I don't want to write too much about "Tinker, Tailor, Soldier, Spy" right now because, point blank, I want to see it again and digest and -- gasp! -- consider. For now, though, I'll start with this: It's an impeccably made, satisfyingly dense piece of work from director Tomas Alfredson. It's the rare film that is a slow burn but nevertheless moves along at a clip, with a very well-honed editorial sense, I might add.
The thing is, I saddled up to the film this afternoon without knowing the source material or bothering to investigate it much. I've never read John le Carre's novel (I will) and I haven't seen the 1979 British mini-series starring Alec Guiness (I will). And the vibe I get is it would be helpful to come to the new film with a modicum of knowledge on that, but it's no less satisfying. It just means a second look is in order, and I'm all for it, because you come away with an extreme reverence for craft here.
Guy saw the film on a rainy day in Venice and offered a perfectly-reasoned take. As I go back and read through it for the first time now, I see it matches my own quite closely. One thing he brought up was the production design from Maria Djurkovic, and while that might not be the sexiest element to start in on, it was nevertheless one of the big takeaways for me here.
Each environment is so meticulously decorated to at times staggeringly profound thematic levels. Whether it's a dismantled parade dragon in the street, a room of boxed-in chandeliers across from London's Parliament or the sound-proofed conference room of Britain's MI6, aka the Circus, the design of the film is telling the story just as much as the writing, Alfredson's direction or the incredible ensemble performance.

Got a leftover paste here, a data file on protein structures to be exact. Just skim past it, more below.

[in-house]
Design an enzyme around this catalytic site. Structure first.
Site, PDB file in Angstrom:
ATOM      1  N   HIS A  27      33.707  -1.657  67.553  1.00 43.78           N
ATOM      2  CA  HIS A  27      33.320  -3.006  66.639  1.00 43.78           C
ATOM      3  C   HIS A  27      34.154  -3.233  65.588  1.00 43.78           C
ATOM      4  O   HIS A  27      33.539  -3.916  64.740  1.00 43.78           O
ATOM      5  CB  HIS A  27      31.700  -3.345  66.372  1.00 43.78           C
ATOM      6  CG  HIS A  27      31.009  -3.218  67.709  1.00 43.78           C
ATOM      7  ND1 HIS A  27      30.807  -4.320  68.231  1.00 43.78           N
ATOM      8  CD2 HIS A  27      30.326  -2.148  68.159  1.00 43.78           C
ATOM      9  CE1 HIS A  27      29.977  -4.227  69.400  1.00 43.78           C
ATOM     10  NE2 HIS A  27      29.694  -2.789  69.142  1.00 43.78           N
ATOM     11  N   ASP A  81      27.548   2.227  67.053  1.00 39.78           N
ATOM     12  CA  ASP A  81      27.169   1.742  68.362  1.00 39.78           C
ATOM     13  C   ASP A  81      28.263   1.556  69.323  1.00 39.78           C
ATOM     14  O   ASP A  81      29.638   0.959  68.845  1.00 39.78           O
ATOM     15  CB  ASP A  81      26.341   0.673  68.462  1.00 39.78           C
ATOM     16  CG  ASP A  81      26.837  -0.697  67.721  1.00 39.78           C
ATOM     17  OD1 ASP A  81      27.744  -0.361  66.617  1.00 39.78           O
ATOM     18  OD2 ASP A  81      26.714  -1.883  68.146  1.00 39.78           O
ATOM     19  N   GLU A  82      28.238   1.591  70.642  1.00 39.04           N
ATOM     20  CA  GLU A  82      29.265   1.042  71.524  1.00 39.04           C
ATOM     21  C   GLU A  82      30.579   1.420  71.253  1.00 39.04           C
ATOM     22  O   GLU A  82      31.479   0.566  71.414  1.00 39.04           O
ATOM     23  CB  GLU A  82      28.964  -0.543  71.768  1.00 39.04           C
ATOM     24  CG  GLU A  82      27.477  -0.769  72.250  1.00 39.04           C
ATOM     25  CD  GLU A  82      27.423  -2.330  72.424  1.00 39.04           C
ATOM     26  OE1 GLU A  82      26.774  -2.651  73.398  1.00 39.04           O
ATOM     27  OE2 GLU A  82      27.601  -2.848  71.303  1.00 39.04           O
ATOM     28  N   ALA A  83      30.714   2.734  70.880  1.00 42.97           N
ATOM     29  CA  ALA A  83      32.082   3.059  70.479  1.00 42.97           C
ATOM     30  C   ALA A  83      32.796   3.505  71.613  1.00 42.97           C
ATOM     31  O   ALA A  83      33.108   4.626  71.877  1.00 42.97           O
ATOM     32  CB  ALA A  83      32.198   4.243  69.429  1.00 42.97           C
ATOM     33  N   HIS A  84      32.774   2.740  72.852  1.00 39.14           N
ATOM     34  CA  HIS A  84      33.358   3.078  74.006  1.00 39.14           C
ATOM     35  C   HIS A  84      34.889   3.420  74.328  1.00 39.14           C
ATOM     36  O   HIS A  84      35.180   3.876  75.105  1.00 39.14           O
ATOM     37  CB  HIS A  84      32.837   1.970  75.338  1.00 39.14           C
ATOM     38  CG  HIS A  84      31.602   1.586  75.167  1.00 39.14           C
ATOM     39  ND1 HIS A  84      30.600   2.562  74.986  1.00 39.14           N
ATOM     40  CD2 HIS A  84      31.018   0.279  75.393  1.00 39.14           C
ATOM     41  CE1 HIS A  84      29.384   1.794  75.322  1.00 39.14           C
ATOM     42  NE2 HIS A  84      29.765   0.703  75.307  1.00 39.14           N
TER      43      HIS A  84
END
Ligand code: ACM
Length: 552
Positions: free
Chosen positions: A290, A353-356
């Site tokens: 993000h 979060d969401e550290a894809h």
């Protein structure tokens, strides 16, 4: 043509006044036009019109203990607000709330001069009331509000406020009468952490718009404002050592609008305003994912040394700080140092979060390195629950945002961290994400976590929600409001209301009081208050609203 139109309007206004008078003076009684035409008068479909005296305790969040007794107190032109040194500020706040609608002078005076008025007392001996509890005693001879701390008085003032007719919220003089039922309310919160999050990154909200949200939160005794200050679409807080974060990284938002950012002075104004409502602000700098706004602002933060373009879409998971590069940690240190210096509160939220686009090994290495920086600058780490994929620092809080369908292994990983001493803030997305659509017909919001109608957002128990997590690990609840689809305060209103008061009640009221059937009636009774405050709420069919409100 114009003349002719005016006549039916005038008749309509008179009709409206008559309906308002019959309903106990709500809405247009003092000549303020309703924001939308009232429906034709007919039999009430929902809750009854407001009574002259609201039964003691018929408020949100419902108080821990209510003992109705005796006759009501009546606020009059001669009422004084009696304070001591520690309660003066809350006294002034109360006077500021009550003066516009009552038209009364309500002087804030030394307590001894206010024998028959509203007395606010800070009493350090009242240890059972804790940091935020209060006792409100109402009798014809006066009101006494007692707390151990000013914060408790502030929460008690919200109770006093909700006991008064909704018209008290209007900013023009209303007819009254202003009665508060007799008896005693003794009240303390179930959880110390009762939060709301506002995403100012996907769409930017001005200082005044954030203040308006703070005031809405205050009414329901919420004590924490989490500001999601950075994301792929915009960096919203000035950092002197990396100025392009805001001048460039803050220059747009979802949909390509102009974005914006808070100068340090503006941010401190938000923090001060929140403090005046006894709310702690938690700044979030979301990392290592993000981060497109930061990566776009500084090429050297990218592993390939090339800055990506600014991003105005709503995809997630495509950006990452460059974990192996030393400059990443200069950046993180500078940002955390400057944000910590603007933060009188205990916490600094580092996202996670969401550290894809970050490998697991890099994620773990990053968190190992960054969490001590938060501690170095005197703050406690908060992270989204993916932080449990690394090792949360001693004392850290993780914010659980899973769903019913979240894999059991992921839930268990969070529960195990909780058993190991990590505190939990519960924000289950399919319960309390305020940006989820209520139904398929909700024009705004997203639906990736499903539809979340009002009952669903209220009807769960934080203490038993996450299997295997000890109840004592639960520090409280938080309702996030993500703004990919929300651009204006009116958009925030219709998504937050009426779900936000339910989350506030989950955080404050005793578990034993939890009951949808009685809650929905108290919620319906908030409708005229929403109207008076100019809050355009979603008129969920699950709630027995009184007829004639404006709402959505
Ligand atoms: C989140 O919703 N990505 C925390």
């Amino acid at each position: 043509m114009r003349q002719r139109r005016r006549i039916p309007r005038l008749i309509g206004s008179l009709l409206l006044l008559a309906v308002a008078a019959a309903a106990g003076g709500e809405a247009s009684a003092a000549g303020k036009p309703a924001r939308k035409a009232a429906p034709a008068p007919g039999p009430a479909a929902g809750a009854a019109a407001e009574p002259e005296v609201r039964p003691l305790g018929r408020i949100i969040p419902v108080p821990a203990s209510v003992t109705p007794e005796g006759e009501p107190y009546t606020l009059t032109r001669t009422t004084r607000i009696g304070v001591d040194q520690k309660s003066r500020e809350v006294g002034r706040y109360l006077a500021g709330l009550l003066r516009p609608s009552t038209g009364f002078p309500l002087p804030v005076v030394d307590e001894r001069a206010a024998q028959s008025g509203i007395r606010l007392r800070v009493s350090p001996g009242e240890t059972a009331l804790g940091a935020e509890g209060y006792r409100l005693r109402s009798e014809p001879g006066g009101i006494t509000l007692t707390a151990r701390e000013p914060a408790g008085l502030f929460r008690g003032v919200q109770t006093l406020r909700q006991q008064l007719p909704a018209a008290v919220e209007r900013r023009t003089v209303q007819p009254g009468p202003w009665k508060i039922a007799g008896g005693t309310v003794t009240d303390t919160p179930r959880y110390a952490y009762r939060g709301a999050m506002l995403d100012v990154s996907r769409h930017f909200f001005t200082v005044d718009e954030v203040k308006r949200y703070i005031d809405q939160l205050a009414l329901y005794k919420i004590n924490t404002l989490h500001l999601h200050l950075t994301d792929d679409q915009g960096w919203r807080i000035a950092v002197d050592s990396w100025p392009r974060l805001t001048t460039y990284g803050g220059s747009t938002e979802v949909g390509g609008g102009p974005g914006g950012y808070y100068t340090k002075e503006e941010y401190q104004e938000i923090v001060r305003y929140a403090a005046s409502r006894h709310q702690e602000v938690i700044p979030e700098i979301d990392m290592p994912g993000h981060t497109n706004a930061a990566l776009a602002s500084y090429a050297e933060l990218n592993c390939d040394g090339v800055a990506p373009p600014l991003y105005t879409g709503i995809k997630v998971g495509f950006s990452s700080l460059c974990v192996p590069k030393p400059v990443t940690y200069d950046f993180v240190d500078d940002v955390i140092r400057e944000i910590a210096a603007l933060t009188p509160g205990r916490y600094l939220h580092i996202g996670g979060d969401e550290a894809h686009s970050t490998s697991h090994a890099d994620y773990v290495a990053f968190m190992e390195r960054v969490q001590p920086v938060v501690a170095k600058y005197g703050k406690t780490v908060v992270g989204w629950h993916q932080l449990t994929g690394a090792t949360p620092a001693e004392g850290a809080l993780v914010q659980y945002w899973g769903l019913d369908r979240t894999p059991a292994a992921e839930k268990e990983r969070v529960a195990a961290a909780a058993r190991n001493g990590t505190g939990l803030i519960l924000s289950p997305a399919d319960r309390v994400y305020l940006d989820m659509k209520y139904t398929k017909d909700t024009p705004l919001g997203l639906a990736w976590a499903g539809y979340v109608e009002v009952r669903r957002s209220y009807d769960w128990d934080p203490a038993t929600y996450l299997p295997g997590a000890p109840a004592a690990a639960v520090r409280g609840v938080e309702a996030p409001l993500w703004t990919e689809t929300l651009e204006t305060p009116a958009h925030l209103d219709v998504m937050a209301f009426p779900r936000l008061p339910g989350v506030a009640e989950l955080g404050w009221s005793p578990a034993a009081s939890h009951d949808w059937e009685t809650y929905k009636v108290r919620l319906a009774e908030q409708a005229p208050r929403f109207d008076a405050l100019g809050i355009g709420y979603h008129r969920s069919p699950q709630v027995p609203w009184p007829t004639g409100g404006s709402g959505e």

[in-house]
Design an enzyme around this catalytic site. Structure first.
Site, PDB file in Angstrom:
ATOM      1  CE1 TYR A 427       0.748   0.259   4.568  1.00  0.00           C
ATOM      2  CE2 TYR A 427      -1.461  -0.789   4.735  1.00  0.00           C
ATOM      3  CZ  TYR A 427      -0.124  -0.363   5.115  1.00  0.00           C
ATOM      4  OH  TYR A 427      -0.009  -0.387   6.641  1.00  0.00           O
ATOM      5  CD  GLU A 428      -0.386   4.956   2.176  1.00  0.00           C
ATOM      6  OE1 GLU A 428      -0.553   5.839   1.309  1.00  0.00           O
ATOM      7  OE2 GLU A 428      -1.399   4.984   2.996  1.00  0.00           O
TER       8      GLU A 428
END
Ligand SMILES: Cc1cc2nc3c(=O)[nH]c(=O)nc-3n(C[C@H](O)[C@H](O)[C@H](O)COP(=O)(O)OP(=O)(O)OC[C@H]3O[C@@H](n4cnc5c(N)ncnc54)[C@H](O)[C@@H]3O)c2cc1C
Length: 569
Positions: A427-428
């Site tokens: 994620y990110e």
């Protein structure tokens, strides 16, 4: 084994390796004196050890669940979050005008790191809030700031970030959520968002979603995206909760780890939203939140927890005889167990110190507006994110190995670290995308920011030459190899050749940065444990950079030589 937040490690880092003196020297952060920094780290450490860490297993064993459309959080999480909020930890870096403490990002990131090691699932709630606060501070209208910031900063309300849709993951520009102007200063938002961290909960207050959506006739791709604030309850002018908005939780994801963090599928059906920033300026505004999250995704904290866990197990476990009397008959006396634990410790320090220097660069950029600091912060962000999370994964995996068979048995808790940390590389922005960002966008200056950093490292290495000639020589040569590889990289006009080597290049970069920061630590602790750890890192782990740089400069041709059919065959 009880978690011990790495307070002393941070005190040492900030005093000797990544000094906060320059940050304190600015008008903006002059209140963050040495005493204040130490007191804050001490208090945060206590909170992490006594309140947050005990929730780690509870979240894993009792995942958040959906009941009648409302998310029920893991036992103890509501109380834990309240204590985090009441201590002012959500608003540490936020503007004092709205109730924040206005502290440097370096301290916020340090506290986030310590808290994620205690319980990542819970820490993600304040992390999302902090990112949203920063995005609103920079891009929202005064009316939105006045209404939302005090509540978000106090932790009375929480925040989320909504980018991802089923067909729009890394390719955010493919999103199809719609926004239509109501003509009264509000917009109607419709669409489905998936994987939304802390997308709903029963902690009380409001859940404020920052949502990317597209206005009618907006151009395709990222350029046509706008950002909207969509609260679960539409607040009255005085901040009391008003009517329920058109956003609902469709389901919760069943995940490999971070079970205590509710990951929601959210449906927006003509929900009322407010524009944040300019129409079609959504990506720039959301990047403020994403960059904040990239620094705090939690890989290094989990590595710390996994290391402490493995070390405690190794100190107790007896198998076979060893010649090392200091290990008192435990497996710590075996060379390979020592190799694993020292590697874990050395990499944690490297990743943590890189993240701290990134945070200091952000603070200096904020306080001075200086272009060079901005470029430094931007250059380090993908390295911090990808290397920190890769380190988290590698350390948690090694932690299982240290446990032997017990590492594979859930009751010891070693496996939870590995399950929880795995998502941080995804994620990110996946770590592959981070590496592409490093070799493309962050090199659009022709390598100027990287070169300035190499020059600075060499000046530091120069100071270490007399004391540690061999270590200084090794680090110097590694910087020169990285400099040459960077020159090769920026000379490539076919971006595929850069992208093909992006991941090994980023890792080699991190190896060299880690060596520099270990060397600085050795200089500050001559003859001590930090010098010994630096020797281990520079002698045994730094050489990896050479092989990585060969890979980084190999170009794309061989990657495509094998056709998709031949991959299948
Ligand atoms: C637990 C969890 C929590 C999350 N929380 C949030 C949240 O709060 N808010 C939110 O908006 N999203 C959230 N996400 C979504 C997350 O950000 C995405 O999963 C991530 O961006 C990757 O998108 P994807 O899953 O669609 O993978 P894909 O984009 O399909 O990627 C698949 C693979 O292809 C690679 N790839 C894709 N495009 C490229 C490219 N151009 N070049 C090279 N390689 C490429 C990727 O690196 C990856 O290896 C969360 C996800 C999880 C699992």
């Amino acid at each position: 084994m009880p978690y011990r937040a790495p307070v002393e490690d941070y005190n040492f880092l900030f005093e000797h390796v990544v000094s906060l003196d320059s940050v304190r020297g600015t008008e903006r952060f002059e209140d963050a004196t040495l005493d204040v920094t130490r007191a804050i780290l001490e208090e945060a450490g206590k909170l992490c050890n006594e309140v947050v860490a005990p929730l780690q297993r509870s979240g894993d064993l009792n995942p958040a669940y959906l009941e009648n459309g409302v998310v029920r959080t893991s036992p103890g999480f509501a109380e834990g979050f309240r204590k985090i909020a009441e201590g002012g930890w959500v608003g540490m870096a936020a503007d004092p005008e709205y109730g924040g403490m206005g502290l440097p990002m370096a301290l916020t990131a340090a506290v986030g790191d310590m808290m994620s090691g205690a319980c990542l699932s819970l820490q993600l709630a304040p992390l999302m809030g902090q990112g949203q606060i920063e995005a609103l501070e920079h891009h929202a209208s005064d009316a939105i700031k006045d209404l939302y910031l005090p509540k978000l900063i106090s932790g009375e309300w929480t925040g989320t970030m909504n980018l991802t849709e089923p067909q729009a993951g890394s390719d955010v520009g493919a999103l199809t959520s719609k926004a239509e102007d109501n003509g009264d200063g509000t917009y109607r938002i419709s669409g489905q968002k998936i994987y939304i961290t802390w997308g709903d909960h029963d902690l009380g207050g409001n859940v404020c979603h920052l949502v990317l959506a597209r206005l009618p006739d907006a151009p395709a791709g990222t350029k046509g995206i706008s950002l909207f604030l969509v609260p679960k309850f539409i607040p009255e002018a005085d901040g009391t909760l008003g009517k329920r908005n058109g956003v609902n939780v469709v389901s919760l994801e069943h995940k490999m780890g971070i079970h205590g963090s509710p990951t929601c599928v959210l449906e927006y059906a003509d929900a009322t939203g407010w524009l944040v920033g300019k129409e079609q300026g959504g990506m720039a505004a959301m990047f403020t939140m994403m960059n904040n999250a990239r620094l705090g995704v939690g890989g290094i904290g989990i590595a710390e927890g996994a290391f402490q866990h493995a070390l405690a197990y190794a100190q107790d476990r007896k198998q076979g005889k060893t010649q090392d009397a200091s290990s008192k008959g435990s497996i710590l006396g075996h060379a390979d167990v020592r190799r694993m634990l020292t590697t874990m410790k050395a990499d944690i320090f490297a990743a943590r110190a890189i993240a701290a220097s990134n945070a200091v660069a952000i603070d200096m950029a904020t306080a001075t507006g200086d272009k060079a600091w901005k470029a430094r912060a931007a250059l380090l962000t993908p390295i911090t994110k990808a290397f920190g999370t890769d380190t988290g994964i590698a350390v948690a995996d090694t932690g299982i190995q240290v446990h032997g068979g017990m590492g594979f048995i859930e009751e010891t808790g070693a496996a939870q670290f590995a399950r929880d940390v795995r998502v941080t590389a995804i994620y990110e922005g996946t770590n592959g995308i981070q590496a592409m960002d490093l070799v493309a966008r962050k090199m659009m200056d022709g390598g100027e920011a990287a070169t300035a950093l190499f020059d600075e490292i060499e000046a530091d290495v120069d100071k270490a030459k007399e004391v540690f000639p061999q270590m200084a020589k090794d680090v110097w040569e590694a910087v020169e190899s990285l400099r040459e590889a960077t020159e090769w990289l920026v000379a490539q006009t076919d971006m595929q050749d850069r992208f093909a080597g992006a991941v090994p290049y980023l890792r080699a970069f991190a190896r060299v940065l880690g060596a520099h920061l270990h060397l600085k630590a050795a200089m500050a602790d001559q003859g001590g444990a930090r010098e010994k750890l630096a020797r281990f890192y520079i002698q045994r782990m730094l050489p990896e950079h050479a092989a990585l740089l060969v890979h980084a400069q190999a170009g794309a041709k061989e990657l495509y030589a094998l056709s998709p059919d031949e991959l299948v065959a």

Hoyte Van Hoytema's camera captures these sets and everything that populates them with an icy objectivity, while Dino Jonsäter's film editing, as mentioned, makes this complex yarn glide effortlessly along, smartly offering just enough to push forward and yet dialing it back for the performances to take center stage in quieter moments when necessary.
And on those performances -- well, where to begin? I'm already getting into a higher word count than I wanted, but let me say Gary Oldman conveys tightly wound awareness and cool collection with equal measure, giving one of his most restrained yet affecting performances to date.
The vast ensemble is littered with highlights, and while I agree with Guy that Tom Hardy's work is noteworthy for its knowing intelligence and breezy casualness, I was most taken by Benedict Cumberbatch's peaks and valleys. The actor -- who pops up in three films this year -- balances gripping paranoia and tension one moment while emoting heart-wrenching loss the next.
Wait, Mark Strong also deserves to be singled out, but enough. I want to sit on it a bit more, give it another look and circle back around. I'm sure Focus would rather string this out a bit given that the US release is two months out, but the film has already landed in the UK, so if there are any Brits who'd like to join in here, feel free to engage in the comments section. More from me on it as we push through the season.